Who Owns Whom? The Industry's Acquisition Binge
This has been the year that the music products industry around the world plays musical chairs. After six years of recession in which sales of drum sets (and some other instrument categories) plummeted, the industry has undergone a wave of consolidations, company sales, and new partnerships.
DW Goes On A Last Minute Binge
In the fall, Sabian started snacking on smaller companies, buying accessory makers and then taking overCrescent Cymbals early in the new year. But the biggest news in January was DW's purchase of LP Music, Kat, Toca, Gibraltar, and other brands from Fender Music's KMC subsidiary. They also got the distribution rights to Gretsch drums in that deal. Most drummers and industry-watchers were blindsided by this deal, since there had been zero rumors about it beforehand. But Fender has been unloading assets (Takamine, Guild) since last year in an attempt to slim down and remake itself. This was just weeks before Fender spun off the rest of KMC's distribution business to Jam Industries, a large Canadian distributor.
Subsequently to the DW deal, the internet went wild with speculation. Would DW be good for Gretsch? Or was this the end of an historic brand? What happened to dealers? Artist endorsers? The mix of product lines? A pair of hilarious Hitler parody videos hit the web (with an unforgettable Fuhrer wondering what brand he can play jazz on if Gretsch were to ever disappear.)
As things have quieted down and more news has trickled out, those who predicted a percussion apocalypse were a little hasty in reacting. The deal had been in the works for a year, but at some point DW backed out, and then late last year, the deal was on again. Don Lombardi, DW founder, and President Chris Lombardi both intend to keep Gretsch production in South Carolina. They anticipate no changes to Gretsch's product line for now, instead focusing on marketing, sales, and distribution strategies. Needless to say, they've got a lot on their plate but in talking with the company they are confidently moving ahead.
And Then There Was Sonor
The news from DW was so big that it swamped the announcement that KHS America, the distributor of Mapex and Majestic, took over Hohner America, which puts the Sonor drum brand under their control in the US. Sonor has been almost invisible in the US in recent years, so that might explain why that news didn't exercise fans to the degree that Gretsch's did.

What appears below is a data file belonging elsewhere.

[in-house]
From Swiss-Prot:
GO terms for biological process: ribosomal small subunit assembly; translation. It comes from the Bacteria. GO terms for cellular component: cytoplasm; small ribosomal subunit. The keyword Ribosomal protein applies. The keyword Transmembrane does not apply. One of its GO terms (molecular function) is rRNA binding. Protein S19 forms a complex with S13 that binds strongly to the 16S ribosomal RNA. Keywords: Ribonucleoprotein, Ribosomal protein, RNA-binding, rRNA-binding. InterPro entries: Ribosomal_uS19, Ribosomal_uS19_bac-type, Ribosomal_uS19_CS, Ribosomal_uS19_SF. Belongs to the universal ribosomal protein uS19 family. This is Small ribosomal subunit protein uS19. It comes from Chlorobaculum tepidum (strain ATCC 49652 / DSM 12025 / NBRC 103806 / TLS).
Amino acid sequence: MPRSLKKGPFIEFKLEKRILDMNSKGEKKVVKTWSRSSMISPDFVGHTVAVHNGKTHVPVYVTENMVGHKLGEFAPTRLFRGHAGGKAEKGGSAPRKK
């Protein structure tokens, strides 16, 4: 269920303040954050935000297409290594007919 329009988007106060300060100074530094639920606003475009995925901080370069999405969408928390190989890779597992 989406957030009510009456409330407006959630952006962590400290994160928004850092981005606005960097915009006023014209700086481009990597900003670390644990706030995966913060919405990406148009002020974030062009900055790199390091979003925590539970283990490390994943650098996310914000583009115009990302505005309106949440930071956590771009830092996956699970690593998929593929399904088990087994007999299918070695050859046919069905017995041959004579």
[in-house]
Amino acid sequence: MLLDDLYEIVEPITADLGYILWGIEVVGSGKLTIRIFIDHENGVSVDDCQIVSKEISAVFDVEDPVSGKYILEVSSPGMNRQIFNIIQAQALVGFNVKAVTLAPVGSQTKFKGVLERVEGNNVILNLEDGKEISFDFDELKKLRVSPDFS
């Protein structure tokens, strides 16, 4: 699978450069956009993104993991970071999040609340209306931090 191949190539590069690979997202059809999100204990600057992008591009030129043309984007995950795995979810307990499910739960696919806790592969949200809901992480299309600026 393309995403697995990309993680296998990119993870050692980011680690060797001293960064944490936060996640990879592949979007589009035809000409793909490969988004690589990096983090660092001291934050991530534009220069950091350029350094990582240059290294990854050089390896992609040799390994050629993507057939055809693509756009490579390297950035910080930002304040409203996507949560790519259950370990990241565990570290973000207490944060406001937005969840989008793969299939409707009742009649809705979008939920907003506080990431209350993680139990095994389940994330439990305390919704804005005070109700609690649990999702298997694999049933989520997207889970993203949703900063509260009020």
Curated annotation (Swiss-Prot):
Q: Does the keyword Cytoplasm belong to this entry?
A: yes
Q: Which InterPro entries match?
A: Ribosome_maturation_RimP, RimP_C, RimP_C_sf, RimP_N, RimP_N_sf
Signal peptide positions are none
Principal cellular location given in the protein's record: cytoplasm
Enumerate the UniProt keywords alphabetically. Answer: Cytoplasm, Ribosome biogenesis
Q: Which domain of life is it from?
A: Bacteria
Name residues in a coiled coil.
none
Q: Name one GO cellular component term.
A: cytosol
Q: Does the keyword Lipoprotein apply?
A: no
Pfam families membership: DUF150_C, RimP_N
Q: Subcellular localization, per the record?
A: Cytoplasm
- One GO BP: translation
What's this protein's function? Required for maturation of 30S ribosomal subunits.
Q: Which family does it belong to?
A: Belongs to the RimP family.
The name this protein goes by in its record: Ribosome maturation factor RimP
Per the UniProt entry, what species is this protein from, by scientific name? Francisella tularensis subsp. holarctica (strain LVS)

The word on that deal is that Sonor has been a bit of an invalid, and KHS has high hopes for the brand. The drums they build in Germany are still great and there are a lot of Sonor fans worldwide. According to Marketing VP Mike Robinson, the company is taking its time integrating Hohner's many brands and product lines into the KHS operation. But once they do, he expects Sonor to have a much higher profile than it has had. KHS, founded in Taiwan in 1930, is a big player in the global music industry. They have a large stable of brands they distribute worldwide such as Altus flutes, Jupiter band instruments, Majestic concert percussion, and Walden guitars. They should have the know-how to pull this off and do a great job with Sonor.
This Is The End?
Just in case that was not enough excitement for the young year, in early February, the industry had a new topic on its mind: whether or not Guitar Center was headed for bankruptcy. Analyst Eric Garland, in a post ominously titled, "The End Of Guitar Center" laid out the case that Guitar Center will never be able to fully service the debt it was saddled with by previous owners Bain & Company (yes, that Bain). And, because of that, new owners Ares & Co. will sooner or later need an orderly bankruptcy process to shed debts and slim down the firm. Fuel was added to these fiery thoughts when GC laid off more than 100 managers at the end of January. [Several longtime friends of DRUM! departed the company at that time—we're glad that many of them have already landed in new positions.] A visit to Guitar Center in February yielded a little insight. The company is working hard on its current plans, and several new executives have been brought in to turbocharge areas such as e-commerce. They have lots of new products and even store openings in the pipeline. And, they have a deep reservoir of talent on their staff. Despite the difficulties the company may have experienced, Garland has made similar predictions in recent years. He hasn't been right yet.
What will the future hold? Our crystal ball is no better than yours. For now, we're just enjoying the show.